Treatment decisions are economic, not medical
I was intrigued by Jerry Large’s column this week [“Money distorting doctoring,” NWThursday, April 30] because my father, who died from a form of dementia, had trouble finding a neurologist to diagnose and treat his disease.
Most of the neurologists in his area wouldn’t see patients on Medicare because it didn’t pay them enough. Though my father found a good doctor eventually, it really brought home to me that in the profit-making health-care industry, greed knows no bounds.
When someone is sick, we all like to think that life-and-death decisions will be made based on what’s best for the patient. Reality is quite different. In the U.S. today, treatment, medicine and doctor visits are all economic decisions, not medical ones. Yet the simplest of reforms, like single-payer health insurance, are huge uphill battles. Why? Because the Democrats and Republicans are both funded by corporate health-care giants.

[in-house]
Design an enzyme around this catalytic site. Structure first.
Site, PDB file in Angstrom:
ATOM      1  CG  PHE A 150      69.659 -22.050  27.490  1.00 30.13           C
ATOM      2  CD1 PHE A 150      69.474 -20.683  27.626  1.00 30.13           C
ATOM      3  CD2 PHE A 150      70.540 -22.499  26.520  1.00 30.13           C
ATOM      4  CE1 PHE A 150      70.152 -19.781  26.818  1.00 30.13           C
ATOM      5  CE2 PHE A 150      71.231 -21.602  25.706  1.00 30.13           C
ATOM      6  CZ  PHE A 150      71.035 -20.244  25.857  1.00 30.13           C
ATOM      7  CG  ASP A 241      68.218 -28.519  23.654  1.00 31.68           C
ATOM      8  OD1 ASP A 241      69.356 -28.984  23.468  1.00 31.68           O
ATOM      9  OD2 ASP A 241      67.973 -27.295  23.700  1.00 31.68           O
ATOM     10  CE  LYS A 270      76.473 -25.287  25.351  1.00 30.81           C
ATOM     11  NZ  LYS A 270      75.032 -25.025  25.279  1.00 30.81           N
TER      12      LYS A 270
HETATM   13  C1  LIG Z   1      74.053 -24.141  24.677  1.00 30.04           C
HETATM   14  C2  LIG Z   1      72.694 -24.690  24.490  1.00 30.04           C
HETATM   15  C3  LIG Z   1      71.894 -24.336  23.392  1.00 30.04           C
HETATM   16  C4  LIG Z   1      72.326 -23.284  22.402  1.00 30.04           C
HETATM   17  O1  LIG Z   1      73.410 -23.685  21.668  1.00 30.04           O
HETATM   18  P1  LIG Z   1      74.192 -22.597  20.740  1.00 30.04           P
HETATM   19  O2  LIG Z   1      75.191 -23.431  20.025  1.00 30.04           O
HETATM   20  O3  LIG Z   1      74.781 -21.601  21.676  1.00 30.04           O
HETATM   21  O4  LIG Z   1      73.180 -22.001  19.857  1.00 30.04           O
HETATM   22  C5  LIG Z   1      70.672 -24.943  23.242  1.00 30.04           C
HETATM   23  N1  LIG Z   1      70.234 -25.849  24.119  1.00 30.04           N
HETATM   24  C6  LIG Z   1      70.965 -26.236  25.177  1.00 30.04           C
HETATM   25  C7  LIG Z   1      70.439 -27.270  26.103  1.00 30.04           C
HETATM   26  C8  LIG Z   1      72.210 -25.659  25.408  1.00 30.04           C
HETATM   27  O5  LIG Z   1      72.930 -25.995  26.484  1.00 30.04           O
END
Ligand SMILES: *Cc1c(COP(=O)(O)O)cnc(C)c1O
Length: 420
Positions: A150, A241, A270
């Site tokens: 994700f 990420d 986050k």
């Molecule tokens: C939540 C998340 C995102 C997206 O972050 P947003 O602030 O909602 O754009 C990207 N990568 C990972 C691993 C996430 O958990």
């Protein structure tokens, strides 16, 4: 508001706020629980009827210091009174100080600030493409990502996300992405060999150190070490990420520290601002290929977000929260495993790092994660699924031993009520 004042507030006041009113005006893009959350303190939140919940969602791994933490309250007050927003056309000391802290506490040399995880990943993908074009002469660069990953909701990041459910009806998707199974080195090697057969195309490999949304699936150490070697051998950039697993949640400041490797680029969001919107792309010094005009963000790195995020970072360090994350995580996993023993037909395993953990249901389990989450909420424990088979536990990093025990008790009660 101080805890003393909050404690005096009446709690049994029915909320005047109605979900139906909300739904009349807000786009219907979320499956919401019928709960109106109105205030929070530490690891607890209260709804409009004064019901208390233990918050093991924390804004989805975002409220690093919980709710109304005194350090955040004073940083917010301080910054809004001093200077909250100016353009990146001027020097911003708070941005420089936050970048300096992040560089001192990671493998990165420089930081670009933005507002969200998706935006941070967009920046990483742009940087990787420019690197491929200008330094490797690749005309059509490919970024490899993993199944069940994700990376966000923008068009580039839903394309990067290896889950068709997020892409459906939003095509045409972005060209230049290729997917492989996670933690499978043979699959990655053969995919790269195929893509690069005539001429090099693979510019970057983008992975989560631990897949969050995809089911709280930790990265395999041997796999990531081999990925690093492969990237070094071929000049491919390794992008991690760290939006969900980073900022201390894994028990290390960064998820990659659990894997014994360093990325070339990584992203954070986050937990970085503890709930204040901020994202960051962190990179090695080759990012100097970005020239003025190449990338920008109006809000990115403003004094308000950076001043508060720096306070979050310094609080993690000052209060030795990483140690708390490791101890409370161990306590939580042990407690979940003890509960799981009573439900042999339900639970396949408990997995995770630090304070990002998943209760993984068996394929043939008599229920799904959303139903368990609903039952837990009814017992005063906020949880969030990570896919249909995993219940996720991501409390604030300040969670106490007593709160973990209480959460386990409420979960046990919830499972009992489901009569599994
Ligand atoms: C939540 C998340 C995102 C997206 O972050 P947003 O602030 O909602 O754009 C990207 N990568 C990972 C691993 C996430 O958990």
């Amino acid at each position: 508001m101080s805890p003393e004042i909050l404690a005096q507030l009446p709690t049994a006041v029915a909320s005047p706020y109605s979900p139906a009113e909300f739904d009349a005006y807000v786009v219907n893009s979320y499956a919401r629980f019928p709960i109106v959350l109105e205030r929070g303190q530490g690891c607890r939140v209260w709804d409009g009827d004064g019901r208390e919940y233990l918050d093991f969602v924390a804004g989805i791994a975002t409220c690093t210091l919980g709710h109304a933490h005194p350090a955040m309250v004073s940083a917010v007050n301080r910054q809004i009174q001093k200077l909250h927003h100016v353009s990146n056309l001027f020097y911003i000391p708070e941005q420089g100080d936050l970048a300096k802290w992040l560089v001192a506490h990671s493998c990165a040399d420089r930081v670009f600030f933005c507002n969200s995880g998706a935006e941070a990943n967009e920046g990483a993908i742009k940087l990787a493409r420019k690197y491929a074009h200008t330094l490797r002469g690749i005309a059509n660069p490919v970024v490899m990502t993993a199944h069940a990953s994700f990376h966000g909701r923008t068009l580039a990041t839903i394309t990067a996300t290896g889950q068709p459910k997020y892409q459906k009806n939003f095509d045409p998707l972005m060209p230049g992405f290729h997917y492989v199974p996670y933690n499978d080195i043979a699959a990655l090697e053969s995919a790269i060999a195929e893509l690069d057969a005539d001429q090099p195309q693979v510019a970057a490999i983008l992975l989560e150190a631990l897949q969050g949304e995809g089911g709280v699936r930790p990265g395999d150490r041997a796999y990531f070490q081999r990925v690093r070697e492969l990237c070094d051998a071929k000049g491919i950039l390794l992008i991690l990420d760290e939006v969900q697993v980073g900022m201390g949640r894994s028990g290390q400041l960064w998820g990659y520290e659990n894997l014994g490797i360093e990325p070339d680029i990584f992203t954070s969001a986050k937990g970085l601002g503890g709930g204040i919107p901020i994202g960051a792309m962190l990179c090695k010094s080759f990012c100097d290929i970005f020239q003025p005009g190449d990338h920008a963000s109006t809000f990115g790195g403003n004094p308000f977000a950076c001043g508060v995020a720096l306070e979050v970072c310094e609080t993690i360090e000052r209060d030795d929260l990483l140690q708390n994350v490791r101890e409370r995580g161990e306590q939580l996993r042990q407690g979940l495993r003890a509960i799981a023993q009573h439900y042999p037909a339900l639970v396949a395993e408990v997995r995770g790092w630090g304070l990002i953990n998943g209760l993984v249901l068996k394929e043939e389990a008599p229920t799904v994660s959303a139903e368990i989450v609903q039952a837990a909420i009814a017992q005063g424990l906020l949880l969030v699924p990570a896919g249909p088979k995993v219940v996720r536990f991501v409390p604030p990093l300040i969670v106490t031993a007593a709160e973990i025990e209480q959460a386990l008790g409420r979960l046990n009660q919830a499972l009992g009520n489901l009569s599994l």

Poor and working people need to hit the streets to press our demand for quality medical care for all — it’s time for a health-care revolution! There is a health-care reform march in Seattle on May 30; I’ll be marching with the single-payer contingent.
— Doreen McGrath, Seattle